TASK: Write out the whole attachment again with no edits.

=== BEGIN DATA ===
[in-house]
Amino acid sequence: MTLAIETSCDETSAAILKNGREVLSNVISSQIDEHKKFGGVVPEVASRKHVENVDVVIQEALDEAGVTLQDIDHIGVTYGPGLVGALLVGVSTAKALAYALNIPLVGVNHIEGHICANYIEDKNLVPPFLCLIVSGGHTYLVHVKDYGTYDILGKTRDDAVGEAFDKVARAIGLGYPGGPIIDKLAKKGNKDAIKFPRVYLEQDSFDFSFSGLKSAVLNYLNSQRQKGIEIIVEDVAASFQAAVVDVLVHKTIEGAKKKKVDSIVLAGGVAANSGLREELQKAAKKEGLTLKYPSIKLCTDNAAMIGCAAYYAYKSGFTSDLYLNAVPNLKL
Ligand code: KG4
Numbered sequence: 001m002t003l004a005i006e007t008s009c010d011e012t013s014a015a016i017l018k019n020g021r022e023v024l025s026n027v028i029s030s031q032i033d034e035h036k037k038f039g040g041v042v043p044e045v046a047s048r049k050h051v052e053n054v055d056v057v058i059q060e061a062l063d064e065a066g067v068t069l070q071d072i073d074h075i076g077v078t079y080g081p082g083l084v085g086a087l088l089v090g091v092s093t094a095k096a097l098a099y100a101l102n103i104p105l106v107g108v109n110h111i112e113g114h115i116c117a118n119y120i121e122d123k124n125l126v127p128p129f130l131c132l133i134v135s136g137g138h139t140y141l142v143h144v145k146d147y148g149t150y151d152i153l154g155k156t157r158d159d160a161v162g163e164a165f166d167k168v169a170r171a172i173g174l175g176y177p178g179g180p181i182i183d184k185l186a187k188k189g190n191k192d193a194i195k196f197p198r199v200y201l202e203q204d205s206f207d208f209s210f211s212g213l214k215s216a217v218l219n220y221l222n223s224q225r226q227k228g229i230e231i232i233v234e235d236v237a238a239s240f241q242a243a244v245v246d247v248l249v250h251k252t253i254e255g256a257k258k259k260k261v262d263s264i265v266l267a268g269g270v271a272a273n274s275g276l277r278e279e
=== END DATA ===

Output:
[in-house]
Amino acid sequence: MTLAIETSCDETSAAILKNGREVLSNVISSQIDEHKKFGGVVPEVASRKHVENVDVVIQEALDEAGVTLQDIDHIGVTYGPGLVGALLVGVSTAKALAYALNIPLVGVNHIEGHICANYIEDKNLVPPFLCLIVSGGHTYLVHVKDYGTYDILGKTRDDAVGEAFDKVARAIGLGYPGGPIIDKLAKKGNKDAIKFPRVYLEQDSFDFSFSGLKSAVLNYLNSQRQKGIEIIVEDVAASFQAAVVDVLVHKTIEGAKKKKVDSIVLAGGVAANSGLREELQKAAKKEGLTLKYPSIKLCTDNAAMIGCAAYYAYKSGFTSDLYLNAVPNLKL
Ligand code: KG4
Numbered sequence: 001m002t003l004a005i006e007t008s009c010d011e012t013s014a015a016i017l018k019n020g021r022e023v024l025s026n027v028i029s030s031q032i033d034e035h036k037k038f039g040g041v042v043p044e045v046a047s048r049k050h051v052e053n054v055d056v057v058i059q060e061a062l063d064e065a066g067v068t069l070q071d072i073d074h075i076g077v078t079y080g081p082g083l084v085g086a087l088l089v090g091v092s093t094a095k096a097l098a099y100a101l102n103i104p105l106v107g108v109n110h111i112e113g114h115i116c117a118n119y120i121e122d123k124n125l126v127p128p129f130l131c132l133i134v135s136g137g138h139t140y141l142v143h144v145k146d147y148g149t150y151d152i153l154g155k156t157r158d159d160a161v162g163e164a165f166d167k168v169a170r171a172i173g174l175g176y177p178g179g180p181i182i183d184k185l186a187k188k189g190n191k192d193a194i195k196f197p198r199v200y201l202e203q204d205s206f207d208f209s210f211s212g213l214k215s216a217v218l219n220y221l222n223s224q225r226q227k228g229i230e231i232i233v234e235d236v237a238a239s240f241q242a243a244v245v246d247v248l249v250h251k252t253i254e255g256a257k258k259k260k261v262d263s264i265v266l267a268g269g270v271a272a273n274s275g276l277r278e279e